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Super Bowl LV: How the price of commercials rose over the years

Brian Pincus, Natalie Sutton and Tyler Greenawalt
·2-min read

It’s hard to imagine a Super Bowl without the iconic commercials that come with it. Some of those ads became almost as memorable as the game itself.

But that wasn’t always the case.

The average 30-second commercial cost between $37,500-$42,500 during Super Bowl I in 1967, according to Superbowl-ads.com. And while the popularity of football’s biggest game rose, so too did the price of air time and the ambition of advertisers.

Super Bowl VIII featured arguably the first “big” commercial in 1974. New York Jets quarterback Joe Namath and Charlie’s Angels star Farrah Fawcett starred in a shaving cream ad for Noxzema. It cost $42,000 to produce and $103,500 to air – more than double the price from just seven years earlier.

The price continued to double again every five-to-six years as viewership increased. When “Mean” Joe Greene's famous Coca-Cola commercial aired in 1980, the average 30-second spot cost $222,000 for Super Bowl XIV and its audience of 76.24 million people. Apple’s “1984” ad, based on George Orwell’s novel of the same name, cost around $370,000 to produce and $525,000 to make it on-air for 85.53 million Super Bowl views.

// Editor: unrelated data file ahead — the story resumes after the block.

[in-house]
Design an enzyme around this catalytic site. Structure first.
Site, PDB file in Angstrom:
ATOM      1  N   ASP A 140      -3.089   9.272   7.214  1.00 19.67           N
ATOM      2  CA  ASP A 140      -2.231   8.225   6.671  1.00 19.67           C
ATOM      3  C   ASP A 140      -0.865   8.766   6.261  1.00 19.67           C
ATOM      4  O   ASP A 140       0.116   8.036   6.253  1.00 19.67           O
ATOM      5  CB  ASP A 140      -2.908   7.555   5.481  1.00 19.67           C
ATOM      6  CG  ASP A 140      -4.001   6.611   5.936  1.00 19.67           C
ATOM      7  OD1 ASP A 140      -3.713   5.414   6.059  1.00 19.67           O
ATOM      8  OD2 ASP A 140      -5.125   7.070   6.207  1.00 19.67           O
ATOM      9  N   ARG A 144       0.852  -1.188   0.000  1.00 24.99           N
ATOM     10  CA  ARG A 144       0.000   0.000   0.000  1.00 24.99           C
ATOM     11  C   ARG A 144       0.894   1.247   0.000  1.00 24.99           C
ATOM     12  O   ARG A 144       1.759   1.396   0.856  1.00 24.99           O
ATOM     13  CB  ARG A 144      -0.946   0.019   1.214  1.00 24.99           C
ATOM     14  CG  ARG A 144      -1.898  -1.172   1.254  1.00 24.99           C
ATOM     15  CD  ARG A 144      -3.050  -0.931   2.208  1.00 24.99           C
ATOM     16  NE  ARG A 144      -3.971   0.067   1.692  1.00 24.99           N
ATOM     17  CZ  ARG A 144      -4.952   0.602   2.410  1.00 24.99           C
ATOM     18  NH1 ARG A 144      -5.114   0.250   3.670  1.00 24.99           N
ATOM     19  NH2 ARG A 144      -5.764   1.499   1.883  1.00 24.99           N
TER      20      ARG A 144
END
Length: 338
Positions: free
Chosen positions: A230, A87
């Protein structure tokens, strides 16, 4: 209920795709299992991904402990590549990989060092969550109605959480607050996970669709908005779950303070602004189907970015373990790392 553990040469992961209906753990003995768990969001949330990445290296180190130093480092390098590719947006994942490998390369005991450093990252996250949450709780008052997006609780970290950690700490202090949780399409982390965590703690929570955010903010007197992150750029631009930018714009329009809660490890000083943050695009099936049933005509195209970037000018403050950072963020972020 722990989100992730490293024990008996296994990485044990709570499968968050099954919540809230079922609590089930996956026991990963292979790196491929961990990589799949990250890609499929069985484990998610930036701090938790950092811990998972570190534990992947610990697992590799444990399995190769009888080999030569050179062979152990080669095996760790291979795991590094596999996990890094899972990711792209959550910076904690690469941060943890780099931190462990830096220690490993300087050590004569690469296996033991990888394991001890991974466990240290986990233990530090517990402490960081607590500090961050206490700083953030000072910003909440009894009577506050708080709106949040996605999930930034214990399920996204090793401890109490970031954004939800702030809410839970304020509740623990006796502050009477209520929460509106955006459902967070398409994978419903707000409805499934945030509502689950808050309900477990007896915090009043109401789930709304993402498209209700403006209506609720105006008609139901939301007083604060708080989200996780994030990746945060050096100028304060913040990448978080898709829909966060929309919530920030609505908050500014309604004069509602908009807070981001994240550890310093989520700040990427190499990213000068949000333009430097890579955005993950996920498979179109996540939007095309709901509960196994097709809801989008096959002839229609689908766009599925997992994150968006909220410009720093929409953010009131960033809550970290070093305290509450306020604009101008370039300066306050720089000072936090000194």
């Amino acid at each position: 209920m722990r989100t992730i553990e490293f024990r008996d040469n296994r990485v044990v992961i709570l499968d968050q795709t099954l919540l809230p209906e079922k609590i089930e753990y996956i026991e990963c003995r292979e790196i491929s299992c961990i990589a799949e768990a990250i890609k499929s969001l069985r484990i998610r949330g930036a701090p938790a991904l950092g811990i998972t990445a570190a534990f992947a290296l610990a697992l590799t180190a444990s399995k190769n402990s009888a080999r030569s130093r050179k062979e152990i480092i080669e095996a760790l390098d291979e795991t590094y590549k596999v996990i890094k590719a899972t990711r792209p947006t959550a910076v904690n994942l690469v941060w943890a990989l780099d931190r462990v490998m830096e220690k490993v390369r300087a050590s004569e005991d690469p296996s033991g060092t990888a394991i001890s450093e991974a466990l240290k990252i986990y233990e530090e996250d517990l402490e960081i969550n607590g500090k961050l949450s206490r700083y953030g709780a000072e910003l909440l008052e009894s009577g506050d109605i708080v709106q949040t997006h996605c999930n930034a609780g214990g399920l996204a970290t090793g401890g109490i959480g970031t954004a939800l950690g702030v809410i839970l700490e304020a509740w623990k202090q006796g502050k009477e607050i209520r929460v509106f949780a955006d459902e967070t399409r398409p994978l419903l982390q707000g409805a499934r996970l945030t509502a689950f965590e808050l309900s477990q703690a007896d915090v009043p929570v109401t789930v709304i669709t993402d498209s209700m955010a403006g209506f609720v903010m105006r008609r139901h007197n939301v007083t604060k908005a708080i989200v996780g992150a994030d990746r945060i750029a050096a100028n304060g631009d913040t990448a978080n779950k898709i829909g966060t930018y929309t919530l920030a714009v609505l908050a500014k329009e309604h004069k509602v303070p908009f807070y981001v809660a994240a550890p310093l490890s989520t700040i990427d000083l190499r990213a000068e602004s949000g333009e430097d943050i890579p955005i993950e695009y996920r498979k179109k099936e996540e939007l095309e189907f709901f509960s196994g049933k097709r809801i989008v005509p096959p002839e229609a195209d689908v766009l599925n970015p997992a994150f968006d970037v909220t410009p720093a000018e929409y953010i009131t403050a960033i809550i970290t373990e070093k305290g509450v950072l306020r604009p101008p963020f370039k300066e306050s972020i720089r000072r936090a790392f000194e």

Brands ramped up viral marketing campaigns for the Super Bowl in the 1990s, where the price for a spot in the big game finally eclipsed $1 million. Famous ads like Cindy Crawford’s “This is Pepsi,” McDonald’s “Showdown” with Michael Jordan and Larry Bird and Bud Light’s hilarious “Whassup?!” will be remembered forever for their creativity and hilarity.

From a price perspective, though, Crawford’s commercial offers the most striking representation of how much the cost per spot has increased over the years. When her first Pepsi ad ran in 1992, it cost $850,000 for an ad in the Super Bowl. By the second one in 2002, that number rose to $2.2 million. And when the third iteration ran in 2018, companies paid $5.2 million for a 30-second commercial. Viewership, for reference, blossomed as well – from almost 91 million in 1992 to 98.47 in 2018.

The most expensive Super Bowl ad currently belong’s to MGM, who spent a reported $5.69 million on its trailer for the James Bond movie, “No Time to Die” in 2020, according to Variety.

While the price for a commercial in Super Bowl 55 has hovered between $5.5 million-$5.6 million, a few high-profile brands decided not to air an ad this year. Budweiser, Coca-Cola, Pepsi and Hyundai are among the companies that will use their ad budget for more humanitarian causes – including COVID-19 vaccine awareness.

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